Connections are the key to Boise's newest acquisition in the Foothills, said Justin Maines, who lives in the East End and rides in the Foothills hundreds of times each year.
More than 12 miles of new trails across the Daniel's Creek area would be nice, Maines said, but the chance to link existing trail systems in popular recreation areas such as Polecat Gulch and Stack Rock Reserve is special. In fact, he considers those connections more significant than the city's 2013 purchase of the 260-acre Hillside-to-the-Hollow land.
"That'd be so cool if could stay on dirt and ride all the way out to Avimor," Maines said. "That would be ideal."
Connecting to trails in Avimor, north of Eagle and east of Idaho 55, will have to come later. But on Friday the city of Boise received permission to build trails across some 3,300 acres in the Daniel's Creek area of the Foothills above Boise. The city won't pay the owner, Grossman Co. Properties, any money for the easement, Boise Parks and Recreation Director Doug Holloway said. That means the city won't have to dip into an account established by a 2001 tax levy that raised $10 million for Foothills land acquisition. About $1.8 million is left in that account.
The Grossman family wants to develop the Daniel's Creek land some day, Holloway said, and likes the idea of incorporating a well-regulated trail system into that development.
The agreement is permanent, unlike most major Foothills easements the city has, Holloway said. Grossman will still own the land surrounding the agreed-upon trail system, but no development could move the trails more than a few feet.
"I know it doesn't seem as sexy as buying 3,300 acres, but we get 3,300 acres of recreation opportunities for nothing," Holloway said.
For years, cyclists, hikers, joggers and horseback riders have used "rogue" trails across the Daniel's Creek land owned by Grossman, Holloway said. There are problems with those trail systems, though.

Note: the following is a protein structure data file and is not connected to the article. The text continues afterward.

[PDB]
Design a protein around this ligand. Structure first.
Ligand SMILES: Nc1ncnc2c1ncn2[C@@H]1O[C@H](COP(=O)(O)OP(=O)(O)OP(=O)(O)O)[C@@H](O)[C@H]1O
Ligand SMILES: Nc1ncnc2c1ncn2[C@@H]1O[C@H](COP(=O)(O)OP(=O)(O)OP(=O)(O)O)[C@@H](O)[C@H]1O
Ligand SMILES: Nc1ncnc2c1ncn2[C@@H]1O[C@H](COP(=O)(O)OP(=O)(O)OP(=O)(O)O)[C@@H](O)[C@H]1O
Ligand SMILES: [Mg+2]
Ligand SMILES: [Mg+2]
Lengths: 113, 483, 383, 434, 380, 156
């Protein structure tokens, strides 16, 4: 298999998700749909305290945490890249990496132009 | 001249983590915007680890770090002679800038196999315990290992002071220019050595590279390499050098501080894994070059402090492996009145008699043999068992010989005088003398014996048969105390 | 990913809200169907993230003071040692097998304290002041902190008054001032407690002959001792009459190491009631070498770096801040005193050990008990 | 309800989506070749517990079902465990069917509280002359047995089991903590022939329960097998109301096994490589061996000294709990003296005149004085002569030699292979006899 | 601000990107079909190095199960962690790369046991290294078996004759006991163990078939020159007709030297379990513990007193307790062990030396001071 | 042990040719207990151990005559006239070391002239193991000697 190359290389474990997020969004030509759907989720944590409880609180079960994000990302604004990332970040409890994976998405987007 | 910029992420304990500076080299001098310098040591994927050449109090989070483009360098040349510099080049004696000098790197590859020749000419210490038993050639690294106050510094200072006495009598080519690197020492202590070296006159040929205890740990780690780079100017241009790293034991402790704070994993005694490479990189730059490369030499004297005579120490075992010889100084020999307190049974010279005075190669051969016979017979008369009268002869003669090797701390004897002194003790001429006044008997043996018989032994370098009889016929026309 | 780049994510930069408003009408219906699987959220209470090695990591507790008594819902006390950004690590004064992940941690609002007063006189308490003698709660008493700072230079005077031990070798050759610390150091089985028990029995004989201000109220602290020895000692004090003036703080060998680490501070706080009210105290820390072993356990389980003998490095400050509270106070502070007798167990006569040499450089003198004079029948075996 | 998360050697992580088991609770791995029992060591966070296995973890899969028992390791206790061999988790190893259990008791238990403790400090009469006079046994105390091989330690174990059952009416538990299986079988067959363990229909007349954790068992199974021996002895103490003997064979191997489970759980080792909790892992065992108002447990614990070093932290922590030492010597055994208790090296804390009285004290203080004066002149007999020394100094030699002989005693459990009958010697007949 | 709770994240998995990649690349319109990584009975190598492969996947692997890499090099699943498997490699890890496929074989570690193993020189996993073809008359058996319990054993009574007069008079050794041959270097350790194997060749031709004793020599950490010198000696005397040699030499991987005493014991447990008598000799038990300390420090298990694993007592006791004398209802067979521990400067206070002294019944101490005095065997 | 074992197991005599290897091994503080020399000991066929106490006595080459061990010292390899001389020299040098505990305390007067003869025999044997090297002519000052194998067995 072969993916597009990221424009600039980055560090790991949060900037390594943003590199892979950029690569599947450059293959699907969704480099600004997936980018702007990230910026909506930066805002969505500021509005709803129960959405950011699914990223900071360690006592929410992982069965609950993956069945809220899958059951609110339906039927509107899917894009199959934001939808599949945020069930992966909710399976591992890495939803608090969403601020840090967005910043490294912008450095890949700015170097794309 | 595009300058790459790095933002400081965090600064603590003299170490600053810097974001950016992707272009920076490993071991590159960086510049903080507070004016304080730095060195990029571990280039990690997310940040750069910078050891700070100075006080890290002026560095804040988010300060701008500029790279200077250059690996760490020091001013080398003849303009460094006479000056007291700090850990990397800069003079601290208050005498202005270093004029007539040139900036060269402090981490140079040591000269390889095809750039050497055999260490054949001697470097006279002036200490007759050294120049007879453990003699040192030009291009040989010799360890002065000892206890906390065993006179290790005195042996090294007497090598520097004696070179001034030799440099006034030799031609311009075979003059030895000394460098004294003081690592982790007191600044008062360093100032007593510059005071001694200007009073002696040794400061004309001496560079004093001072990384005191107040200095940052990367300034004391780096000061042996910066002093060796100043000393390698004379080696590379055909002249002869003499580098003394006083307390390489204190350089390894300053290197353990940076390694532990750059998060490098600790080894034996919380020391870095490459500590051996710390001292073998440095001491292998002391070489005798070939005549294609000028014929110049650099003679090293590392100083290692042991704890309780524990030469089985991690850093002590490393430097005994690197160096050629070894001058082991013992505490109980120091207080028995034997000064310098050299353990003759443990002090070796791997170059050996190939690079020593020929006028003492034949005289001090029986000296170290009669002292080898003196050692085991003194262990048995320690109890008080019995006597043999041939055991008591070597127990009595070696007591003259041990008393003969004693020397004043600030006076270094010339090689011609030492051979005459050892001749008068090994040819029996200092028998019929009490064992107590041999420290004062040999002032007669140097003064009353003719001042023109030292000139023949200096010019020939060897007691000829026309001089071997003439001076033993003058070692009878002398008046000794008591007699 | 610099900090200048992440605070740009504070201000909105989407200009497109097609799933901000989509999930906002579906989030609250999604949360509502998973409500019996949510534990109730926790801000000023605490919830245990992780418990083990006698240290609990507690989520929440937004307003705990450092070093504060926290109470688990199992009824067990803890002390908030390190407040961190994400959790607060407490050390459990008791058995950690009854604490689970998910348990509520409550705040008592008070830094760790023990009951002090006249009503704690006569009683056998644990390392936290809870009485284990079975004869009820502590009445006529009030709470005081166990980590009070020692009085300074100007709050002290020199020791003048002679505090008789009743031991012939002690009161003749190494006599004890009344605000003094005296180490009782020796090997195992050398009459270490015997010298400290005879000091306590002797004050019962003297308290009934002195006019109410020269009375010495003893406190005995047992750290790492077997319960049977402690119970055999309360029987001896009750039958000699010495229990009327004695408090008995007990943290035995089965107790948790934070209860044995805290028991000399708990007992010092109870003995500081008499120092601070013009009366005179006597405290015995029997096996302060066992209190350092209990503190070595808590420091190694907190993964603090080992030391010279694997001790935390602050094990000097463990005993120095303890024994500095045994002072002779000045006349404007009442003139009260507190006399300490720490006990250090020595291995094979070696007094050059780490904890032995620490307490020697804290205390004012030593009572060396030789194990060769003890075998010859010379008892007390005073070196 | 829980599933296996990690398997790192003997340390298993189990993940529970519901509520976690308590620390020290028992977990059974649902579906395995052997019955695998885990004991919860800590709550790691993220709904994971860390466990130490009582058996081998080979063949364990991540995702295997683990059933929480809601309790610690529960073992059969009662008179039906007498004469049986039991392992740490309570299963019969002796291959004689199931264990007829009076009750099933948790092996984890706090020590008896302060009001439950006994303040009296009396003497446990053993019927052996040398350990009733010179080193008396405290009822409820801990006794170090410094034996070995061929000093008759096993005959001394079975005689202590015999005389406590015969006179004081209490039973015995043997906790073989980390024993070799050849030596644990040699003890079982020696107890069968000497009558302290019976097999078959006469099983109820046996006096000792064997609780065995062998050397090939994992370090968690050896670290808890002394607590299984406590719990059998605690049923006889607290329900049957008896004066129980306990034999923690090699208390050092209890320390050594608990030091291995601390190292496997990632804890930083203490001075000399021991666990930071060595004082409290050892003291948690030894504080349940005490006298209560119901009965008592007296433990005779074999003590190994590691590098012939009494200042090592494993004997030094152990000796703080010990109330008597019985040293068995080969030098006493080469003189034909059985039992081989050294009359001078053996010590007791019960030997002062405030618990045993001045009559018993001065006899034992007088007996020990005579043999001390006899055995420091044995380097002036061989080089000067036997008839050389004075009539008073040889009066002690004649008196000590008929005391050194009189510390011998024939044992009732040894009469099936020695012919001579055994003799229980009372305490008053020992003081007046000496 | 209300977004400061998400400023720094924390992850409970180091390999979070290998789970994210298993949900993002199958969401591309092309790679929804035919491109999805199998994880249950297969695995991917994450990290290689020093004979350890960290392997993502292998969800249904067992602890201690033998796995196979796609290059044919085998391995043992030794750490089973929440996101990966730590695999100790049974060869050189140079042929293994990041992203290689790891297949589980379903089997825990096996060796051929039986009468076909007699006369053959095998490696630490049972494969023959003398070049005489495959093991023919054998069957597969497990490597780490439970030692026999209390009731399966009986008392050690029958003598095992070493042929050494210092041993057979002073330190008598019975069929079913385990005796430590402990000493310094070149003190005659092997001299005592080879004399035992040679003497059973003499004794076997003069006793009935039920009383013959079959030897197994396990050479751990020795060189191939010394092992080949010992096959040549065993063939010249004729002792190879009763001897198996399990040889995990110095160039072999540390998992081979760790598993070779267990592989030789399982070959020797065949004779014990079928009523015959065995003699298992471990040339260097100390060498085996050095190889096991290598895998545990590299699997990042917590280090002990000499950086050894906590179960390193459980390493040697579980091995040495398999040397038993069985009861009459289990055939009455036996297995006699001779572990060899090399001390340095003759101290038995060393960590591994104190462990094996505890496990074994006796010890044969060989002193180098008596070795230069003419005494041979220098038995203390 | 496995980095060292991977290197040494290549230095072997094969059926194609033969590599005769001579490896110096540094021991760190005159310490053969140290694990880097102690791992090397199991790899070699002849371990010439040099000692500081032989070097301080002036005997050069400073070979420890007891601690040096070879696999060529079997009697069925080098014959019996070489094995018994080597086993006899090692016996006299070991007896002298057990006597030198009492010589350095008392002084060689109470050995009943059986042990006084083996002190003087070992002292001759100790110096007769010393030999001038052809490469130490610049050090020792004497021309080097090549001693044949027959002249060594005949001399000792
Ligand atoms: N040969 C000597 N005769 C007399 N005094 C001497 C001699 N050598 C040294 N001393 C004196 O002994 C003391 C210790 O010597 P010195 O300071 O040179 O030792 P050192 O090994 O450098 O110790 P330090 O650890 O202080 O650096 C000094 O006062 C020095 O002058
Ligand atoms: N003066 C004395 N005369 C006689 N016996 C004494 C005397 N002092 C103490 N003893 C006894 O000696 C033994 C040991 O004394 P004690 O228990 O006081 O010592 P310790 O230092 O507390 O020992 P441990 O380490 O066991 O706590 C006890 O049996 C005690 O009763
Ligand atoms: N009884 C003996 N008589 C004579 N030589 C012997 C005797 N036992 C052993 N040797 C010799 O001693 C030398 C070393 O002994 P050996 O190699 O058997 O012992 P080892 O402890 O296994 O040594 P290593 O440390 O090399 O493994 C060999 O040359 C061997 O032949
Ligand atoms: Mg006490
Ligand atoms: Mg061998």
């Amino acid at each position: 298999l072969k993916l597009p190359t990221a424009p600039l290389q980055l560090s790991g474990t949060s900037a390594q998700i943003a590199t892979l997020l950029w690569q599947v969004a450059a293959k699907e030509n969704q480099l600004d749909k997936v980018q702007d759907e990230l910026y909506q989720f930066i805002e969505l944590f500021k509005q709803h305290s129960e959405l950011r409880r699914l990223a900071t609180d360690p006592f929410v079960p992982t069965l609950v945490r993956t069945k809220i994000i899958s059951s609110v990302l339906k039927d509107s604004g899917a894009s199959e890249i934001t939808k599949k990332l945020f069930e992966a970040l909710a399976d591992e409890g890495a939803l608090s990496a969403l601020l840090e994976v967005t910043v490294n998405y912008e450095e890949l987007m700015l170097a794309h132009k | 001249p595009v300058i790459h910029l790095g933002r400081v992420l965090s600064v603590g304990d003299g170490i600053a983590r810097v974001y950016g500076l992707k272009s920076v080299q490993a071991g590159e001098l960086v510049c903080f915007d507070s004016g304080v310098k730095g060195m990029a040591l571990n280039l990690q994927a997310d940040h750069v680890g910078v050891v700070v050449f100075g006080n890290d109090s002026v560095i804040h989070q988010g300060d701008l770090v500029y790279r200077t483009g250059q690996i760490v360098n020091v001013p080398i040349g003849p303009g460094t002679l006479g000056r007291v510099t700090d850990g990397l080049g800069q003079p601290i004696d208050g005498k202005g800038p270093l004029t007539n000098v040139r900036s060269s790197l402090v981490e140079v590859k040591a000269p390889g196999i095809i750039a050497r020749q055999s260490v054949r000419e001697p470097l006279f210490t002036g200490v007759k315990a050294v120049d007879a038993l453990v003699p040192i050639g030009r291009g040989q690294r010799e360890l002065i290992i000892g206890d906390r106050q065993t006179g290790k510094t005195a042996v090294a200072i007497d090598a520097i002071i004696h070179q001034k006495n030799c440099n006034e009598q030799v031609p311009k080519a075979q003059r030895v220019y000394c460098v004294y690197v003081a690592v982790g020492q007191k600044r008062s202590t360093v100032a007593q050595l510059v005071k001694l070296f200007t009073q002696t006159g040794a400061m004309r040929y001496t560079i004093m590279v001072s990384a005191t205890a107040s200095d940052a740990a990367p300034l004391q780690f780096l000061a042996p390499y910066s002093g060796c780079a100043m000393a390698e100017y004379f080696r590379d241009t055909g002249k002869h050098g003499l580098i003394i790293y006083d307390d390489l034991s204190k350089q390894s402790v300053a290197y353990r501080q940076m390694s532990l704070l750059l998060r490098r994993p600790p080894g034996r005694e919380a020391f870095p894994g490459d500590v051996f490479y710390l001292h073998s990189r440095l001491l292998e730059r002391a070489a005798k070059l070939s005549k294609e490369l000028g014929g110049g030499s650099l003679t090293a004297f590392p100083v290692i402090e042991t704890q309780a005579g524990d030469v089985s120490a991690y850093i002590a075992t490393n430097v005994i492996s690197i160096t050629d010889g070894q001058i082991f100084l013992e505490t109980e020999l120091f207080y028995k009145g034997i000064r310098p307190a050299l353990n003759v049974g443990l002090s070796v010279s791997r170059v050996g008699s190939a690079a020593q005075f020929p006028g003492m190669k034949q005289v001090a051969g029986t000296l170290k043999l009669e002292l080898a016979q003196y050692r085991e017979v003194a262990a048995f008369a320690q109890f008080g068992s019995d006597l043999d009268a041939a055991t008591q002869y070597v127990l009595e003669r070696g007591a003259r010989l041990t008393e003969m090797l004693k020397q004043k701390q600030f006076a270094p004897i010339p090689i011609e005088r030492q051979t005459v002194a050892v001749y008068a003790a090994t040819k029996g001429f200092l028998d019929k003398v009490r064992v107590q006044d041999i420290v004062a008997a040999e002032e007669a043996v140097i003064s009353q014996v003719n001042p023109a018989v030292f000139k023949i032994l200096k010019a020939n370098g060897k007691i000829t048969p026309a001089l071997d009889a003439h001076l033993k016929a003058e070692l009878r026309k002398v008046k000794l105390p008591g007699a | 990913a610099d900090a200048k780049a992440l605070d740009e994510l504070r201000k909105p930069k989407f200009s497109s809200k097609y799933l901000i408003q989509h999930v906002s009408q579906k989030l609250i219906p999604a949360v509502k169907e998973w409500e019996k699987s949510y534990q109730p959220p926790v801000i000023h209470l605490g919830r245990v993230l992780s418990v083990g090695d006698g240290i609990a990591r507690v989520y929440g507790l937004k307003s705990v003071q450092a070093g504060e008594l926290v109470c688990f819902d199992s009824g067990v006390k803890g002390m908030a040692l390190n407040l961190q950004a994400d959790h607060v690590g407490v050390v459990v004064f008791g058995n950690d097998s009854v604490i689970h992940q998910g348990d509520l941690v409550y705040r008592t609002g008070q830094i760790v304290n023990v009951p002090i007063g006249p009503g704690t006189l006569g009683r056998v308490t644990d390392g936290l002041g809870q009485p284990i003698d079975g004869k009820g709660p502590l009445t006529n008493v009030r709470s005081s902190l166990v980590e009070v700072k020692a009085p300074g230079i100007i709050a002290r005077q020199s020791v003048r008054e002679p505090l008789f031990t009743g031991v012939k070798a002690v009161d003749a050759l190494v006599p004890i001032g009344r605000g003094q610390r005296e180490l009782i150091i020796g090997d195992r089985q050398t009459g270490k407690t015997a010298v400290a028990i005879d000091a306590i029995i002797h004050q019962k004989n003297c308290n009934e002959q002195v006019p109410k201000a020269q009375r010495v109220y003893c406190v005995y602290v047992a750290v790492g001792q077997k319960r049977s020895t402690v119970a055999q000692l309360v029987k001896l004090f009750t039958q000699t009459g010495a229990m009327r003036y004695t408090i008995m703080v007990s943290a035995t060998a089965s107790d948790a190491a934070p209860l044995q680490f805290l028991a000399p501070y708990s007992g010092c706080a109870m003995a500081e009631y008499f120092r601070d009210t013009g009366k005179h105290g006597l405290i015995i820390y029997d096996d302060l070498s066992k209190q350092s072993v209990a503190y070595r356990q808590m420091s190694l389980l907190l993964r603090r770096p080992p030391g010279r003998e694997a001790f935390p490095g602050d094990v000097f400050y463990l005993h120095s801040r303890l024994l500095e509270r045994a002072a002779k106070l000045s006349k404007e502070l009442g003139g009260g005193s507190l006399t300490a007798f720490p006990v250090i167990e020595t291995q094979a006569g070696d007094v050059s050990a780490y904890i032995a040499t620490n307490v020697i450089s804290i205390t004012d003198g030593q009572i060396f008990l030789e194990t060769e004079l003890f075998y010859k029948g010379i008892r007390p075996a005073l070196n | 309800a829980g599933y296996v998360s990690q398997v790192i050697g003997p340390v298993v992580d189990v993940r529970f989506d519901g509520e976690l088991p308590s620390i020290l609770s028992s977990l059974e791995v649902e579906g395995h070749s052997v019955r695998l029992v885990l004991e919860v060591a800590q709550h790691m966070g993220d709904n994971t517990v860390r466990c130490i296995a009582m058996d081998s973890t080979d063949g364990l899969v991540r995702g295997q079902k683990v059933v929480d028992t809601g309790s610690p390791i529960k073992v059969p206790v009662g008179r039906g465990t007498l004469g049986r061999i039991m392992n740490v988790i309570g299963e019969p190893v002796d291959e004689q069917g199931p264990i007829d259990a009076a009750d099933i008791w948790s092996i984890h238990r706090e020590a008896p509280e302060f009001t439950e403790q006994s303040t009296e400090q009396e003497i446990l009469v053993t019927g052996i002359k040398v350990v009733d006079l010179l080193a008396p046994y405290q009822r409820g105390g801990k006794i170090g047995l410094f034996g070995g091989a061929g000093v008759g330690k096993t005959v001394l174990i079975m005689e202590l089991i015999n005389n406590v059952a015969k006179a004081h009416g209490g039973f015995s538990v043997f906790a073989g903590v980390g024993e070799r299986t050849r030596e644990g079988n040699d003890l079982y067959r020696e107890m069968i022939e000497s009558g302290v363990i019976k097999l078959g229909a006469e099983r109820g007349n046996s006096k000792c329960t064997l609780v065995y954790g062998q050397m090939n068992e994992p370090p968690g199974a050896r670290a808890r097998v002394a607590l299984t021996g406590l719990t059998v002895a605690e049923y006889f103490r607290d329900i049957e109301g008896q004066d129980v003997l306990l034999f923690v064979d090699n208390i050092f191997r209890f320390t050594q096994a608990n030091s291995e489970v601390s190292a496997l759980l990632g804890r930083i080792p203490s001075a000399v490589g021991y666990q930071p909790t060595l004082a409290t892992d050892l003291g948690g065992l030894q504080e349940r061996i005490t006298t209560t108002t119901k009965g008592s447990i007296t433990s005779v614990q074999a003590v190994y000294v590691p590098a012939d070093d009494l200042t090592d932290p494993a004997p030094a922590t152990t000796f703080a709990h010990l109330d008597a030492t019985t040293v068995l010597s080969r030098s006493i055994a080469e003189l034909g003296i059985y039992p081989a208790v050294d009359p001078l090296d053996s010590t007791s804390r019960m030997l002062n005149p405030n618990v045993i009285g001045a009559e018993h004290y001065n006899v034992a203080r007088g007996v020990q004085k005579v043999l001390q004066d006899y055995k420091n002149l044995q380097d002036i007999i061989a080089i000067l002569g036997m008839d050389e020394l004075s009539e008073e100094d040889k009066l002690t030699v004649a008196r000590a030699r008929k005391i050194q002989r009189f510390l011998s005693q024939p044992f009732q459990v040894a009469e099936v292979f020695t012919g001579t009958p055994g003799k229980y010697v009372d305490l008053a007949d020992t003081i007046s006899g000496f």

First, trespassing on private land without permission is a crime. Rogue trails are poorly maintained and often cause erosion problems, Holloway said. They also don't take into account threatened plant species and wildlife habitat.
Maines said he knows people who regularly use the rogue Daniel's Creek trails. He said he doesn't because trespassing just spreads bad blood.
Holloway said the Grossman family wants better control of recreational use on their land without shutting it down. He said the city talked about buying the Grossman property years ago. The conversation stopped when an appraisal came back at roughly $5 million.
The city expects construction of the new trails to cost between $40,000 and $60,000, Holloway said. That's a cost he believes the Parks & Recreation Department can fit into its regular budget without asking for more money from the City Council. There's no estimate yet of what maintenance will cost, he said.
The City Council must approve the Daniel's Creek easement to make it official. Holloway wants to build the new trails over the next two years. The mayor and council members will explain the plan at a Daniels' Creek overlook off Bogus Basin Road at 11 a.m. Monday.
Sven Berg: 377-6275